This chapter discusses the progression of non-alcoholic steatohepatitis (NASH) to advanced fibrosis and cirrhosis, which occurs within the broader disease spectrum of non-alcoholic fatty liver disease (NAFLD). NASH appears to progress slowly to cirrhosis in a substantial number of patients, although the exact rate of disease progression has been difficult to predict. The leading cause of death in NASH remains vascular disease, although after progression to cirrhosis, liver-related complications become the major determinant of mortality. The occurrence of decompensated liver disease and hepatocellular carcinoma (HCC) appears to occur less frequently in NASH cirrhosis than in patients with cirrhosis due to hepatitis C, although overall mortality rates remain similar. Finally, NASH cirrhosis is expected to become the most common indication for liver transplant in future decades, with posttransplant survival in selected patients similar to that due to other common liver diseases, despite the recurrence of NAFLD in most patients.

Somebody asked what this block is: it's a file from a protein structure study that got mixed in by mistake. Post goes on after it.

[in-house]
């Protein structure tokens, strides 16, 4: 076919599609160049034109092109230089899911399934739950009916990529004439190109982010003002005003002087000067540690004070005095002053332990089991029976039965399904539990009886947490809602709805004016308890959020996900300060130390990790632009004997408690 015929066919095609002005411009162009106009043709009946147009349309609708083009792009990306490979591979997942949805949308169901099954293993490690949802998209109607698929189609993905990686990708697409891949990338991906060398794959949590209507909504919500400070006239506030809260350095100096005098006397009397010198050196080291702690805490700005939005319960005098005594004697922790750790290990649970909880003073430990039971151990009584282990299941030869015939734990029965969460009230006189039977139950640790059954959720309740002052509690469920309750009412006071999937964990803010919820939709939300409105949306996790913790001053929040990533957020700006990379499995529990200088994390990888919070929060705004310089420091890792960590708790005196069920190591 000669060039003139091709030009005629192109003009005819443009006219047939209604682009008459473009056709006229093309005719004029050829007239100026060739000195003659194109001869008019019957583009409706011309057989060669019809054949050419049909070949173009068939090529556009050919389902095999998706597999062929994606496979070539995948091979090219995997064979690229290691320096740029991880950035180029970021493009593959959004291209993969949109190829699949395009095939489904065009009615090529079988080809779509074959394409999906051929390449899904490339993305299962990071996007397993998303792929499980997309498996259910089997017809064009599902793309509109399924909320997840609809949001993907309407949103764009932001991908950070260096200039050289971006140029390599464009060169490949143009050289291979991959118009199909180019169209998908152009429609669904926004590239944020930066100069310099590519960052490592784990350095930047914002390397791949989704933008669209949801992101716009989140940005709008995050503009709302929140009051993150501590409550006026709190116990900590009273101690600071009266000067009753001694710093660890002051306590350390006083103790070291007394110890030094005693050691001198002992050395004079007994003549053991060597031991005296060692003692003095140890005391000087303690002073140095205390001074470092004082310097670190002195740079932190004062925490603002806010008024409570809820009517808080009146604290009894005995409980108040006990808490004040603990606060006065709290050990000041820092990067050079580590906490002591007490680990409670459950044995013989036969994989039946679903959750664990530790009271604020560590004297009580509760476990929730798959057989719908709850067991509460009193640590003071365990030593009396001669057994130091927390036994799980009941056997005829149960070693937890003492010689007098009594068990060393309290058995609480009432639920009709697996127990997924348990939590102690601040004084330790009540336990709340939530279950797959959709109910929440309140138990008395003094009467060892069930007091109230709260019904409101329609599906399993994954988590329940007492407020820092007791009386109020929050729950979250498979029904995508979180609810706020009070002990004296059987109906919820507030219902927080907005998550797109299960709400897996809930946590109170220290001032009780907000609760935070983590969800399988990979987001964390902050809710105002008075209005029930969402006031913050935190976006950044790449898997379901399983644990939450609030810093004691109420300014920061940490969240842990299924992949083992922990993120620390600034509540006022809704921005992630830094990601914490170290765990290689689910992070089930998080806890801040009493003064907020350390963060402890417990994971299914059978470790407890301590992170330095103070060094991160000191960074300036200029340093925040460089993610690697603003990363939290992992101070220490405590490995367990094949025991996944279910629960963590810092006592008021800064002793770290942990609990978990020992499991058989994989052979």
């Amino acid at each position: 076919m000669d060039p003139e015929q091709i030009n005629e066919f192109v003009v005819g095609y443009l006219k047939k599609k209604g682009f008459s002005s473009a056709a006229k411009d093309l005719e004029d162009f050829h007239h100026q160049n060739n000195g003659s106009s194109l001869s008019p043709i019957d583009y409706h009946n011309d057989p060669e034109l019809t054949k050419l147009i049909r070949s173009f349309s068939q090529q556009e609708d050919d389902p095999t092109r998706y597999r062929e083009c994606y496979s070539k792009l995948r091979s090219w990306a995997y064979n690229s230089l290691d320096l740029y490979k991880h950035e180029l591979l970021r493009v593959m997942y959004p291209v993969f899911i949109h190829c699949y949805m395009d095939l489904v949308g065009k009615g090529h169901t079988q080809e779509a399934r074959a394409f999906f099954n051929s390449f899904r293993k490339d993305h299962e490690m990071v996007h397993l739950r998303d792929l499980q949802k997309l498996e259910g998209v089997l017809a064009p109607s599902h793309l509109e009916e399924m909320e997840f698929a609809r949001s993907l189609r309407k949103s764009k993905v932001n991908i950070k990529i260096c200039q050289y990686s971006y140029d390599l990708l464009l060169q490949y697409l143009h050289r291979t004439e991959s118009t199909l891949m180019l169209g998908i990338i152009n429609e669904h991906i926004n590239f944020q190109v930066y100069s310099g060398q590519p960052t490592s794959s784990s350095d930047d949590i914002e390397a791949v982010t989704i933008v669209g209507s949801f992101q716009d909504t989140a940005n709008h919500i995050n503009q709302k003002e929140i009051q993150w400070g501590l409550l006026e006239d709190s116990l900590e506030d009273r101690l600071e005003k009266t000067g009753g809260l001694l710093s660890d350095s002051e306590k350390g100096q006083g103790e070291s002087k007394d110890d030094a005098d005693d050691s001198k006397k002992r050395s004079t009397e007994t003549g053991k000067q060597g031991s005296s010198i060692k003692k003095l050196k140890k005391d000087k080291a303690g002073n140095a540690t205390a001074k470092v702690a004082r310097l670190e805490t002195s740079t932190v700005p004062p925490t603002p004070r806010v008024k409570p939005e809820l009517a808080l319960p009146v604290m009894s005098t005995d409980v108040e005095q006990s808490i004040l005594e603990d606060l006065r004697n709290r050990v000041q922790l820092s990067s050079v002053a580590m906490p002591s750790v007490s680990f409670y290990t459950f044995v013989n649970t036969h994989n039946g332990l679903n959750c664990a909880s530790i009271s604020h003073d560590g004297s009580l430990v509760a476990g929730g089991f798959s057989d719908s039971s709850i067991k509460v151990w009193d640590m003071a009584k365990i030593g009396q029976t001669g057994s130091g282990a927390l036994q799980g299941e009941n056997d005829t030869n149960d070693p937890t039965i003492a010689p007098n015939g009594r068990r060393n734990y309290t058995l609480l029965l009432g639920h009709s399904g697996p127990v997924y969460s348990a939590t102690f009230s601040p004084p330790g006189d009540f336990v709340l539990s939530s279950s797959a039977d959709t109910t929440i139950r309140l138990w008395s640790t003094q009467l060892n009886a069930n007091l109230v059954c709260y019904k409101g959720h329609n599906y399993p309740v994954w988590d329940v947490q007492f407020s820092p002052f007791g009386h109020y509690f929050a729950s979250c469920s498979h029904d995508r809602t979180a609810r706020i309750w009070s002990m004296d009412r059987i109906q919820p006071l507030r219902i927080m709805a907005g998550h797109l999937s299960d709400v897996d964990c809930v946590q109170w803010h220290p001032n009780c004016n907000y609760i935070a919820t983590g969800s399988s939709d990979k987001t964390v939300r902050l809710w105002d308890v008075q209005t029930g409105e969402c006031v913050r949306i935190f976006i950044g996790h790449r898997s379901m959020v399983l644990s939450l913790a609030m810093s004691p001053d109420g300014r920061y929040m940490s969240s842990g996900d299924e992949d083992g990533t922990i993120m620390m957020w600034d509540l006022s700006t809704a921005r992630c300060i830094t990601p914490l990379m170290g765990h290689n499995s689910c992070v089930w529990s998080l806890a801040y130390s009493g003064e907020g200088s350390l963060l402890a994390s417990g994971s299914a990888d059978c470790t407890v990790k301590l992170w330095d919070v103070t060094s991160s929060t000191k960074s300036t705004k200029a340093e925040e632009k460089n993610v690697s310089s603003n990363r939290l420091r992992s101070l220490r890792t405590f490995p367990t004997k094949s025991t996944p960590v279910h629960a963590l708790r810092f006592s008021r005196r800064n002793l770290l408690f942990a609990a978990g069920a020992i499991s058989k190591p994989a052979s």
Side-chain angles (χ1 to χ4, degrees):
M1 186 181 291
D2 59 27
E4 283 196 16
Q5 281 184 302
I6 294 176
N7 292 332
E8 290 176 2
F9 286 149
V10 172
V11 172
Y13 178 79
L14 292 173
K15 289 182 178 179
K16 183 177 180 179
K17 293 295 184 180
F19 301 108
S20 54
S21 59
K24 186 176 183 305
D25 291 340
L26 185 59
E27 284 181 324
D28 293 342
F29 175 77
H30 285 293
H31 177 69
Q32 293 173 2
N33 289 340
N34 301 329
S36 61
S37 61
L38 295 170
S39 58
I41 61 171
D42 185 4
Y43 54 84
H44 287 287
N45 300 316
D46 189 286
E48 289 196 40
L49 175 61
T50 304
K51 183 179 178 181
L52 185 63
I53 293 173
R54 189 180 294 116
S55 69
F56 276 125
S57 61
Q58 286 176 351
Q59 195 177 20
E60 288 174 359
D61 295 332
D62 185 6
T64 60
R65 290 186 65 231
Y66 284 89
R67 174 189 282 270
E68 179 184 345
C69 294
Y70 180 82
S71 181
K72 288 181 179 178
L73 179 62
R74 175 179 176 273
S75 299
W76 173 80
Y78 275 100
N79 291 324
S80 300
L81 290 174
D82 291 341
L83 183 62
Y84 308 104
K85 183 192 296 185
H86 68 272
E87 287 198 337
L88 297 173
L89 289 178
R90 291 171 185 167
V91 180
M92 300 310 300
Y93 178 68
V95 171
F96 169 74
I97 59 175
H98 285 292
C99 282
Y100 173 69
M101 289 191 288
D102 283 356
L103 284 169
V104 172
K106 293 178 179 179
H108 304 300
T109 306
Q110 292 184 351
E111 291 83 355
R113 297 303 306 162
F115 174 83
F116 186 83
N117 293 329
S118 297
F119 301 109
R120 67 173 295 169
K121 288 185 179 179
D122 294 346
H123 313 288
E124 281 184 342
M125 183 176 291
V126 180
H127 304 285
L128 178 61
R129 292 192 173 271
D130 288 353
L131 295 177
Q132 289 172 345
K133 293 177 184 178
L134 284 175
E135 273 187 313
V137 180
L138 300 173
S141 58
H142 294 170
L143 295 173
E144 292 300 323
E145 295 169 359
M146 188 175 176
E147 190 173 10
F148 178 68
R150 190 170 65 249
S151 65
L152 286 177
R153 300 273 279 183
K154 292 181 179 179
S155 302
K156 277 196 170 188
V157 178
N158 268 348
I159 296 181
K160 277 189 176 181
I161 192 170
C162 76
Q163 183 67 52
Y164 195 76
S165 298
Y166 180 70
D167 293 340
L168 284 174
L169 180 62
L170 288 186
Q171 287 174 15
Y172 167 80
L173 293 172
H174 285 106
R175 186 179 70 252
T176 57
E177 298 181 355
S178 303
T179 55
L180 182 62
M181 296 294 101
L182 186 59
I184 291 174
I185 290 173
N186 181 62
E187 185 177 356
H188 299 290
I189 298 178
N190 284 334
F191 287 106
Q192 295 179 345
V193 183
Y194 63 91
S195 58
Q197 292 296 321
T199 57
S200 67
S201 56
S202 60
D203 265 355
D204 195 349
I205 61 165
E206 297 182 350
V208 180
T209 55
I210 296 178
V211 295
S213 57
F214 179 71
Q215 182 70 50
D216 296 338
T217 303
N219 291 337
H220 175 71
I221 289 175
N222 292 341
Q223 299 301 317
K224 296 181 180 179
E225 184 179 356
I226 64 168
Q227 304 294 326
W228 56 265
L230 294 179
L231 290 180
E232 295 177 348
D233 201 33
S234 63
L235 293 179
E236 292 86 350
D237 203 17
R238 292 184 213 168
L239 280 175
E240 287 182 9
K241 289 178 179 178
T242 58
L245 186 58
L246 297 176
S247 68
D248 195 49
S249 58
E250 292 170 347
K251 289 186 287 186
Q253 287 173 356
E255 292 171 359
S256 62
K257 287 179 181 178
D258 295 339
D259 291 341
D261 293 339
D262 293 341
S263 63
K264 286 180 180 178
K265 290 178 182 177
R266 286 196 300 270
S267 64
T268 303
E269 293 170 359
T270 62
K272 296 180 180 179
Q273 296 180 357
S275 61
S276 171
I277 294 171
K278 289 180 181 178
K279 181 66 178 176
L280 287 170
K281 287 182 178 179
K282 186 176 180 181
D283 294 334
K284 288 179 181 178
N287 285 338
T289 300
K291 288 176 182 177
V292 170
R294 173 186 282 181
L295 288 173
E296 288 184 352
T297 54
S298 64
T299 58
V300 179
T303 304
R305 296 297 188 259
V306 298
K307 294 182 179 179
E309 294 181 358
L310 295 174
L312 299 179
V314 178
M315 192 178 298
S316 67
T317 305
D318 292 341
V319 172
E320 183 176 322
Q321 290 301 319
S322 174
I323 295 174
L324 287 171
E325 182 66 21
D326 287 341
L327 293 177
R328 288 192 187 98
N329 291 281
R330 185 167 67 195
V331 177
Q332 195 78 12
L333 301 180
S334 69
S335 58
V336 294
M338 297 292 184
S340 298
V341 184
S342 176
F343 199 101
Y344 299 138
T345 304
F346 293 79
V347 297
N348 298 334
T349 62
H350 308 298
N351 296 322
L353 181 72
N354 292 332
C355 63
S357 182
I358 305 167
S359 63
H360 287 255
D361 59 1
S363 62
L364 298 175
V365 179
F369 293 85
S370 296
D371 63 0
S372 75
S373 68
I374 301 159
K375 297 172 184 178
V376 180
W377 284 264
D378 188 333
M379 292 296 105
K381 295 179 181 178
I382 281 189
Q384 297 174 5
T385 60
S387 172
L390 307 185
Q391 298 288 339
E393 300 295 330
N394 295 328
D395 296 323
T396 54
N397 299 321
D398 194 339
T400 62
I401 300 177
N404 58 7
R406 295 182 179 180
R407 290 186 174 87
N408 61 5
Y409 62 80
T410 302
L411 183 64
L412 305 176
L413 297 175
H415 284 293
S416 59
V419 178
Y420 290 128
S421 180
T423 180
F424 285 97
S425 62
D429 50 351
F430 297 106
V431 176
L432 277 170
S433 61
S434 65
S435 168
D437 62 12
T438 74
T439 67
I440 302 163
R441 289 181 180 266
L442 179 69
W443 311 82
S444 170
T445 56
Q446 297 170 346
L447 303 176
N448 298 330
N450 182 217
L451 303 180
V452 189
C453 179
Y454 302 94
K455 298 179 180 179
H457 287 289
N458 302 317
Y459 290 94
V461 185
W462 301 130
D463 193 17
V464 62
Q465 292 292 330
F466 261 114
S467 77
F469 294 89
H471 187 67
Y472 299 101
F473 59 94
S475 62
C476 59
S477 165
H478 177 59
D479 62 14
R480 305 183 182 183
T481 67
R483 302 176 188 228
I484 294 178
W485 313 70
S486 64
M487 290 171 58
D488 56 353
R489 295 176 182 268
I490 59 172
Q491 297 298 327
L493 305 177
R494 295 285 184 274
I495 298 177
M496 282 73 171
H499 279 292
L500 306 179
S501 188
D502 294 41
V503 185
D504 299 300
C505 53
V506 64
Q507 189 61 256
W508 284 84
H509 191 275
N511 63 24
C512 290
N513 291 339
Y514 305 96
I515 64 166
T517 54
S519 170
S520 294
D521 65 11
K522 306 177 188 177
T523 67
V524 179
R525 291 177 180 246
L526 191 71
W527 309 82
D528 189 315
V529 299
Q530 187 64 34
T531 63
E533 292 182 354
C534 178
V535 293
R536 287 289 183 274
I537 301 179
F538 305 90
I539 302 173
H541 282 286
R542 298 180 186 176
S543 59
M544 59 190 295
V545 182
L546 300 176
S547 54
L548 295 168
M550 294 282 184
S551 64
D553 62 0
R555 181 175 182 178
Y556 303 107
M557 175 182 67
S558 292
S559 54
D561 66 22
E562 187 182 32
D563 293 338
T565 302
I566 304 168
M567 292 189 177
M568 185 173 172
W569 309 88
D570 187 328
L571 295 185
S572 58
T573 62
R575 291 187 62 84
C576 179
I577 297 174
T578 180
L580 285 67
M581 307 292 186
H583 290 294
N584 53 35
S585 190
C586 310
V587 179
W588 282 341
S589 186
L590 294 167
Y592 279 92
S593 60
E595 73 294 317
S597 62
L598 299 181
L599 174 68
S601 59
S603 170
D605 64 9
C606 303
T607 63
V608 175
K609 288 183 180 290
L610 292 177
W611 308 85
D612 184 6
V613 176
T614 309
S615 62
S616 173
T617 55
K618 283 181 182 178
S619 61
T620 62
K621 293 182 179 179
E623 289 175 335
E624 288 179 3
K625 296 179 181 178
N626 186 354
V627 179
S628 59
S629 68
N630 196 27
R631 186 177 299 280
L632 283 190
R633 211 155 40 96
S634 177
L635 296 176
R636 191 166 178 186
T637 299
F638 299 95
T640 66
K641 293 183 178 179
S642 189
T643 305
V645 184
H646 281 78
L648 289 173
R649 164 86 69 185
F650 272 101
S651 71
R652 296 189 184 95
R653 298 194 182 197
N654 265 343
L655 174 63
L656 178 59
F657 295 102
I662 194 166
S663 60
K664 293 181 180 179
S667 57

- Non-alcoholic fatty liver disease (NAFLD)
- Non-alcoholic steatohepatitis (NASH)